Places I’ve lived

I was born in Leicester, England, in 1958. When I was very small we lived in Woodland Road; we lived on the corner at number 1, and then a bit later we moved next door to number 3. My Taylor grandparents lived across the road at number 8, and my great-grandpa Sam Reynolds lived at number 20. Here’s a recent shot of Woodland Road, taken in December 2011. When I lived there no one had a car.

IMG_5448

This is the house we lived in, at number 3 (with the white wall):

IMG_5449

In 1965 my Dad was ordained, and we moved out to Leicester Forest East where he served for a couple of years as a curate (assistant minister). Here’s the street we lived on, Kirloe Avenue:

IMG_5473

In September 1967 we left England and went all the way to the wilds of the Canadian Arctic, where my Dad served for one year as missionary in charge of St. George’s Anglican Mission, Cambridge Bay. When we lived there it was a community of about 600 people. Today it is much bigger. Here’s a recent shot.

IMG_4969-Panorama-copy-1024x419

We returned to England in October of 1968, and my Dad served his second curacy at St. Thomas’ Church, Lytham St. Anne’s, Lancashire. Here’s an old photo from 1968 of St. Anne’s pier; that was about the time we lived there.

st_annes_pier_b_18

We lived in Lightburne Avenue, in a house a bit like this (we were at number 16; this is next door, at number 18):

65648_F418LightburneAve_IMG_00_0000_max_620x414

In December 1969 we settled down for a few years, as my Dad was appointed vicar of St. Leonard’s, Southminster, Essex; the next six years were very happy ones for me, as I made good friends, learned to play guitar, and became a committed Christian. Here’s a recent picture of Burnham Road in Southminster, looking north toward the High Street:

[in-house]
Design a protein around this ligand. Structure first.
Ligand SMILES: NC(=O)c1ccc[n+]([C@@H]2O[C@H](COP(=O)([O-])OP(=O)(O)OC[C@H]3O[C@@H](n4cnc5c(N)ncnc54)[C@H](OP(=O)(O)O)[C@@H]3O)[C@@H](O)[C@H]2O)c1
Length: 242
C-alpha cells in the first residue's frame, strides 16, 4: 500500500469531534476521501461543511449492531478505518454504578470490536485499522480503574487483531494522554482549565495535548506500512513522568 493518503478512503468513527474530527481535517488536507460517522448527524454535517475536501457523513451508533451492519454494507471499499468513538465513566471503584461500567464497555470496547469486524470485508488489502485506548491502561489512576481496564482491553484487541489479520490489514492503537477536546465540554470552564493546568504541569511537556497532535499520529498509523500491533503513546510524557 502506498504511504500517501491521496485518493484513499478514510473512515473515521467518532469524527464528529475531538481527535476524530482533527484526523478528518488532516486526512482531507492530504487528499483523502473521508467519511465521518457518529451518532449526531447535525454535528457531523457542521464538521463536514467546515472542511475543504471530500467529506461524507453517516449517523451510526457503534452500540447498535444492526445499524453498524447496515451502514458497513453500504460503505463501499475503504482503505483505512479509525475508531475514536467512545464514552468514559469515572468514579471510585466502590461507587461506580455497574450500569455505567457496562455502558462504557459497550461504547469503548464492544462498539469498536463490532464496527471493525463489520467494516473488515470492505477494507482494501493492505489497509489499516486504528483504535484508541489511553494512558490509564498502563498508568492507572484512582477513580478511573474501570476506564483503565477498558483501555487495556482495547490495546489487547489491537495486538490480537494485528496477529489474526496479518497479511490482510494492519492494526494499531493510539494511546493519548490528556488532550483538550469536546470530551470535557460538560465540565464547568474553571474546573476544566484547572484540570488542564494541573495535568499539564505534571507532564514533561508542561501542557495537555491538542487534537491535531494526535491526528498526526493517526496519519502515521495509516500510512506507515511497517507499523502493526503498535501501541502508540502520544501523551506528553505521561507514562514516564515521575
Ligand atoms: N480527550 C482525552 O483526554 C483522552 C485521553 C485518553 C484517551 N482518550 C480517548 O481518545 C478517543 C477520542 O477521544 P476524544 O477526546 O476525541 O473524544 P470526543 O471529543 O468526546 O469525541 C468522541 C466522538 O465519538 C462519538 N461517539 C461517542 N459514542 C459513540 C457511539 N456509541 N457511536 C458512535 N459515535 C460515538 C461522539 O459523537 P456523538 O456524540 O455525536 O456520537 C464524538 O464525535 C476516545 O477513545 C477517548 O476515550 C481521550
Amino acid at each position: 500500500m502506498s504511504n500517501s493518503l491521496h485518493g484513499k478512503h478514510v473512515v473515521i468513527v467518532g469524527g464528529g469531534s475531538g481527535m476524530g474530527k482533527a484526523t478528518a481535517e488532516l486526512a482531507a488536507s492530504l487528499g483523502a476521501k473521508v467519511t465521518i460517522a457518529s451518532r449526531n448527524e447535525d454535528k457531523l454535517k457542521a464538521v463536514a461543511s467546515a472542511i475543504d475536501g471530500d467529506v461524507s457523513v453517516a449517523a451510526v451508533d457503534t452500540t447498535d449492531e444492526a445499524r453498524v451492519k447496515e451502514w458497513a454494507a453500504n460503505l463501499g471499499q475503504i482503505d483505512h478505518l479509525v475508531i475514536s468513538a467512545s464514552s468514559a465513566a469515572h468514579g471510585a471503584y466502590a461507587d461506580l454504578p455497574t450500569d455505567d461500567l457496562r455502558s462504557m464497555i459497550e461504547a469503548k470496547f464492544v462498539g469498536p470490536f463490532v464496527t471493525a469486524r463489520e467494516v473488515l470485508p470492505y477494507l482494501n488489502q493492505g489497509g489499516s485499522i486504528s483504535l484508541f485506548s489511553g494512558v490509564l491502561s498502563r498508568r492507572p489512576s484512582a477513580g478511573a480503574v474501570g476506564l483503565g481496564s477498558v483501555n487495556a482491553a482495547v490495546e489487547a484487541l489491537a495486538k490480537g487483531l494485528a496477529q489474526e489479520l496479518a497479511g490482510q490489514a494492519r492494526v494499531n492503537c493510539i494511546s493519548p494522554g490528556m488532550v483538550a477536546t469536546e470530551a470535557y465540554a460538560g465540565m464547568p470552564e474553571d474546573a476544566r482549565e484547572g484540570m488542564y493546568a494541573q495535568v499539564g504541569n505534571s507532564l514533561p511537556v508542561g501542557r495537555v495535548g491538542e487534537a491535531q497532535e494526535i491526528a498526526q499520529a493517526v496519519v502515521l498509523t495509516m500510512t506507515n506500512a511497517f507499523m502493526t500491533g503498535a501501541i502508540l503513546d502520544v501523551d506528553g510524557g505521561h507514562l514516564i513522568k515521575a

IMG_0625

When we first moved to Southminster we lived in a big old vicarage dating back to the 18th century; it was set in the middle of a field (nowadays it is totally surrounded by houses). Here it is:

87 Hol 29

After a few months, however, we moved into a brand new vicarage where we lived for the next five years or so, from 1970-75. This is a photo of that vicarage taken in 1987 (these days it’s surrounded by houses too!):

87 Hol 30

In December 1975 we were on the move again, as my Dad accepted an appointment as rector of St. Alban’s Anglican Church, Ashcroft, B.C. This picture of the rectory (with Dad and Mum and me) was taken in 1977 I believe.

Oldpics017

I left home in September of 1976 and spent the next two years at the Church Army Training College, 397 Brunswick Avenue, Toronto.

Fall 77 40

After I finished my training in 1978 I was posted to Angus, Ontario where I spent a year trying to plant a church (a job, alas, I’d never been trained to do!). I don’t have a photo of the tiny rented house I lived in, but here’s an aerial view of the town.

img18032

While I was there I met a wonderful young woman, and in October 1979 we were married. A week later we packed our VW Beetle and drove west to Arborfield, Saskatchewan, where I spent the next five years serving the Anglican churches and communities of Arborfield, Red Earth, and Shoal Lake. Here’s a shot of Arborfield, taken from the west. You see the grain elevator? That’s where the town is: